An FCC waiver that granted Adams Cable Equipment (ACE) permission to sell refurbished set-top boxes with integrated security has not yet come close to the supplier’s 50,000-unit limit.
According to a report filed with the FCC on July 3, ACE said as of June 30 it had sold 850 integrated set-top boxes at wholesale to participating cable operators and just 202 integrated boxes to retail customers of those cable operators.
ACE said the retail set-tops were sold for an average price of $53.35, noting that it recently lowered prices in an attempt to boost retail sales. It currently lists the standard-definition only Motorola DCT-2000 model (pictured above) for $29; the DCT-6200 HD box for $39; the digital-only/SD DCT-700 model for $89; and two HD/DVRs (the DCT-6412 and DCT-6416) with integrated security for $89 and $199, respectively.
The FCC granted the waiver last July, giving ACE the ability to sidestep the Commission’s 2007 integrated set-top security ban for up to 50,000 refurbished set-tops in ACE’s inventory. ACE successfully argued to the FCC that selling refurbished integrated security boxes would give cable operators an alternative to using one-way Digital Transport Adapters, which are not subject to the ban, to facilitate their all-digital transitions. ACE has since petitioned the FCC to expand the waiver to cover up to 200,000 older boxes with baked in security.
ACE acknowledged that it was tardy in providing this batch of data to the FCC. The Commission’s waiver order required ACE to submit an initial report within six months and ten days of the first sale of integrated boxes made based upon the waiver. ACE said it made its first sale pursuant to the waiver in August 2013, meaning it should have filed the report in February 2014. “ACE sincerely regrets its oversight in failing to submit a timely report,” the company told the FCC. “ACE moves that its second report include data through December 31, 2014 and be submitted no later than Monday, January 12, 2015.”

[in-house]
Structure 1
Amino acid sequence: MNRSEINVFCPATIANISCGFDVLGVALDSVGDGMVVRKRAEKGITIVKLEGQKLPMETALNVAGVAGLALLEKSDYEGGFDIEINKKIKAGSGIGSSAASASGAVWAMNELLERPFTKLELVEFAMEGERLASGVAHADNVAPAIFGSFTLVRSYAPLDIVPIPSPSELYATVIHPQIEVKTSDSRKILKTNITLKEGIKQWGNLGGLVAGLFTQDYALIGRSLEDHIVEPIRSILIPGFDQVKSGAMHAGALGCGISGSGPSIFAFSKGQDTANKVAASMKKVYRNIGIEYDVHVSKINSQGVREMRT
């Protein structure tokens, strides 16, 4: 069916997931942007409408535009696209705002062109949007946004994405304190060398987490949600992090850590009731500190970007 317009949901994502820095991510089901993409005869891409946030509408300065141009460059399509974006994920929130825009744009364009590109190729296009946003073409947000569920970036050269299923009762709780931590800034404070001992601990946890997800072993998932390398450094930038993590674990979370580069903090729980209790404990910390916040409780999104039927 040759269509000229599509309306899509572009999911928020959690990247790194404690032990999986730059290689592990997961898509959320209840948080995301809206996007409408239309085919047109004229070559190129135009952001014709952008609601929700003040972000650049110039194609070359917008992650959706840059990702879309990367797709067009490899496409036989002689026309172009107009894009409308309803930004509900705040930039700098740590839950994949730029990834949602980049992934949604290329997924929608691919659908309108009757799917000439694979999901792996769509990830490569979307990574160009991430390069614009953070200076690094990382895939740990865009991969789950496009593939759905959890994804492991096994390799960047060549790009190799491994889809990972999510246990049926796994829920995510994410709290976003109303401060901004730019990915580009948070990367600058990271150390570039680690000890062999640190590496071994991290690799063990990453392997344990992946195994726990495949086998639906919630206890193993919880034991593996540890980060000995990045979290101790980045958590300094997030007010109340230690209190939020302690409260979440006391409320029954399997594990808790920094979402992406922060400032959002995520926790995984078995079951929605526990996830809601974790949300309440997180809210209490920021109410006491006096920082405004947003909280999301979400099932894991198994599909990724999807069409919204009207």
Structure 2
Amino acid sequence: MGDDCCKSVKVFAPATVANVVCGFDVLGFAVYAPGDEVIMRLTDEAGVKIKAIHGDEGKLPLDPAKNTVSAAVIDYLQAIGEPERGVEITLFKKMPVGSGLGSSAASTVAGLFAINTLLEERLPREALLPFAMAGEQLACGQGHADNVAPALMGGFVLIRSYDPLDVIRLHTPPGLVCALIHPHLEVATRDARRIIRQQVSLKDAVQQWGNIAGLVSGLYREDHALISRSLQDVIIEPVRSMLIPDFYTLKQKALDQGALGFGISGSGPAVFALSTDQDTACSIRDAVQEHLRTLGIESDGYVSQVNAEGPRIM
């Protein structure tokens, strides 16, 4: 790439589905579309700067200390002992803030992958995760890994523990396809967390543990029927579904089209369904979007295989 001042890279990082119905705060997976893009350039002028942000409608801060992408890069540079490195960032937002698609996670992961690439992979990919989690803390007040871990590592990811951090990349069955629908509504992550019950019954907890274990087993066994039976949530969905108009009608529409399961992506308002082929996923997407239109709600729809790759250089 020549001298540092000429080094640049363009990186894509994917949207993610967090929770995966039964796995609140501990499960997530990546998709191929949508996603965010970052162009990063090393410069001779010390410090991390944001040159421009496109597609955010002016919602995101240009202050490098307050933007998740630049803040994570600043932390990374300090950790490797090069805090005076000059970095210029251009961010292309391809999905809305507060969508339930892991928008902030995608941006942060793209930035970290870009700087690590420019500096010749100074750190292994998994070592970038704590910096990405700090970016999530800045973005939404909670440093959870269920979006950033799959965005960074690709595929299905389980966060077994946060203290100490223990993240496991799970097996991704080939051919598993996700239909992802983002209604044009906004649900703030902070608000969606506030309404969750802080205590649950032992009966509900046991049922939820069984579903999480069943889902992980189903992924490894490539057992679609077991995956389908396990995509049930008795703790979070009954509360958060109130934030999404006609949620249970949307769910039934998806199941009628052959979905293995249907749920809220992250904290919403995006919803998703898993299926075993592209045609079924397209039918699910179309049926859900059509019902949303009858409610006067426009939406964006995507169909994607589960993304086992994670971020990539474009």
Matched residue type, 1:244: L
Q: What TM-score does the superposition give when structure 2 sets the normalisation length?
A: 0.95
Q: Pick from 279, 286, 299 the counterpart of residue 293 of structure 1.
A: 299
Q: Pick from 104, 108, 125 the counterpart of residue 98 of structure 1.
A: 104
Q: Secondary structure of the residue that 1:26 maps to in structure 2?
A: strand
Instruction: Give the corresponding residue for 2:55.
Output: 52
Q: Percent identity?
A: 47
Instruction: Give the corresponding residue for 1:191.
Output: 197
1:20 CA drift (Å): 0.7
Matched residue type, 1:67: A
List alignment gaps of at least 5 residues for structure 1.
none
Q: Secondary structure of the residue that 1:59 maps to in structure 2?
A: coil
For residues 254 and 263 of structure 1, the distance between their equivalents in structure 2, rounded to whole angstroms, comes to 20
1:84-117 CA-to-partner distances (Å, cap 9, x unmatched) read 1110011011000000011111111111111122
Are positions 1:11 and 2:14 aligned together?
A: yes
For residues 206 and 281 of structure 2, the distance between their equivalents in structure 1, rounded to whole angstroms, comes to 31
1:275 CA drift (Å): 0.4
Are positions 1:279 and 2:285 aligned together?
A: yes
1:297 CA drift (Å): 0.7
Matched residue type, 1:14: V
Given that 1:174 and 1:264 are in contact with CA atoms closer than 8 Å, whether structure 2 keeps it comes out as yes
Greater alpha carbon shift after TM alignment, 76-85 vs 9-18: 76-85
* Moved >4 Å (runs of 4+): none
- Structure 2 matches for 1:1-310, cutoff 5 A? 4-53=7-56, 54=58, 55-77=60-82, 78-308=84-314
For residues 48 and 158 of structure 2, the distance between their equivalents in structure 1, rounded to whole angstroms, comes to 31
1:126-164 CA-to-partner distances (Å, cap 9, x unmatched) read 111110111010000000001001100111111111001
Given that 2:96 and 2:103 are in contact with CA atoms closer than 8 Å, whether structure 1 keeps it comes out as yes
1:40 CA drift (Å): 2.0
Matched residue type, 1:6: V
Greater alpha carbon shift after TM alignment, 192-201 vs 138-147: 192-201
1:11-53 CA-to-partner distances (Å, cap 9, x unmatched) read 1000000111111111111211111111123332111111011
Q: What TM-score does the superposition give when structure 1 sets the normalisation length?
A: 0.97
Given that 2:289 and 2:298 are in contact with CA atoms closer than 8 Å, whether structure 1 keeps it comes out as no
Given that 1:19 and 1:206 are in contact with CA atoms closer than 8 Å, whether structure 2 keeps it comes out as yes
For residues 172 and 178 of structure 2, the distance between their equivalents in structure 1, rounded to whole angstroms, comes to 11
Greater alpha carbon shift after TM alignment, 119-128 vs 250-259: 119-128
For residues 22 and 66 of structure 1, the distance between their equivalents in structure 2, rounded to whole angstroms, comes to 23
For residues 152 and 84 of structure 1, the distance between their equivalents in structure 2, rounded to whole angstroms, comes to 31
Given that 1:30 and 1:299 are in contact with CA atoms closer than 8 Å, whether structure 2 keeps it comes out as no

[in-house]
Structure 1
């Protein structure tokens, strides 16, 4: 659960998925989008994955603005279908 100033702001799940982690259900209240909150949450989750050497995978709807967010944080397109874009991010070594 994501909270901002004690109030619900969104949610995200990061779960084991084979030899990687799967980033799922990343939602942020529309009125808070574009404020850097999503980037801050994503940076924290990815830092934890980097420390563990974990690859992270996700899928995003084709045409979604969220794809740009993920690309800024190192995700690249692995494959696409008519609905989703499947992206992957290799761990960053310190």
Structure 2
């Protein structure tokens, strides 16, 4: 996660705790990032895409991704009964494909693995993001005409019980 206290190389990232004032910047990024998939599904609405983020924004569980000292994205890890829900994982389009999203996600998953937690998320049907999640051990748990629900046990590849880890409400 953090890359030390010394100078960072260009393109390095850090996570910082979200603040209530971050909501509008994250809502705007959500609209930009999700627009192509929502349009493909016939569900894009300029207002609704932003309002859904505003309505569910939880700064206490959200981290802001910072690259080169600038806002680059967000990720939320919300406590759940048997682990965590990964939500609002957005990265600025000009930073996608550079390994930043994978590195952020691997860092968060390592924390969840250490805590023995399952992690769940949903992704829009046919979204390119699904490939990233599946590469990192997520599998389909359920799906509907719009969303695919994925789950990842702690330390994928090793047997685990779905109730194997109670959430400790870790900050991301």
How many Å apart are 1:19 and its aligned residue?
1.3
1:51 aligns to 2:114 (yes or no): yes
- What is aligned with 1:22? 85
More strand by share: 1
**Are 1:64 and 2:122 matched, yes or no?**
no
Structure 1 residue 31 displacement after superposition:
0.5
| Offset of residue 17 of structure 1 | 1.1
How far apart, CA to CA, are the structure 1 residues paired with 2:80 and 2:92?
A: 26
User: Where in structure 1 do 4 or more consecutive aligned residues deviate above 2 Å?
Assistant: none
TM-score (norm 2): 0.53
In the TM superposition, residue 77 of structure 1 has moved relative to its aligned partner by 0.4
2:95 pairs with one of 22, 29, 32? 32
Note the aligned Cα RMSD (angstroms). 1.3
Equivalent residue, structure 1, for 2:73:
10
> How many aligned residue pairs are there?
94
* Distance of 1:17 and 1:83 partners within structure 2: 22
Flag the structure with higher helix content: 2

ACE likewise said the current results back up its original argument that there’s “no countervailing harm to the public interest” to the waiver, “as the small scale of these sales poses no threat to the cable industry’s common reliance on CableCARDs. Therefore, the waiver should not be terminated and ACE should be permitted to continue its experiment in this new means of providing navigation devices to consumers.”
The FCC originally implemented the ban to spur a retail market for set-tops using separable security, notably via the CableCARD security module. But the numbers clearly show that the CableCARD has failed to produce a sizable market for retail cable set-tops and cable-ready TVs.
According to the National Cable & Telecommunications Association’s latest report on the topic, the nation’s top nine incumbent cable operators have deployed more than 47 million MSO-supplied set-tops with CableCARDs, and just over 616,000 CableCARDs for use in retail devices, such as TiVo DVRs.
The NCTA has repeatedly called on the FCC to end the set-top ban. Last fall, Reps. Robert Latta (R-Ohio) and Gene Green (D-TX) introduced legislation that aims to “remove the unnecessary and costly” set-top security integration ban, putting forth an FCC estimate that the mandate has cost cable operators and consumers more than $1 billion.
Additionally, the Senate Judiciary Committee recently marked up and passed a version of legislation reauthorizing the Satellite Television Extension and Localism Act (STELA), now being called the Satellite Television Access Reauthorization Act of 2014 (STARA), that seeks to eliminate the FCC’s integration ban, though the current draft would retain the FCC’s power to reinstate the ban on any successor to the CableCARD regime.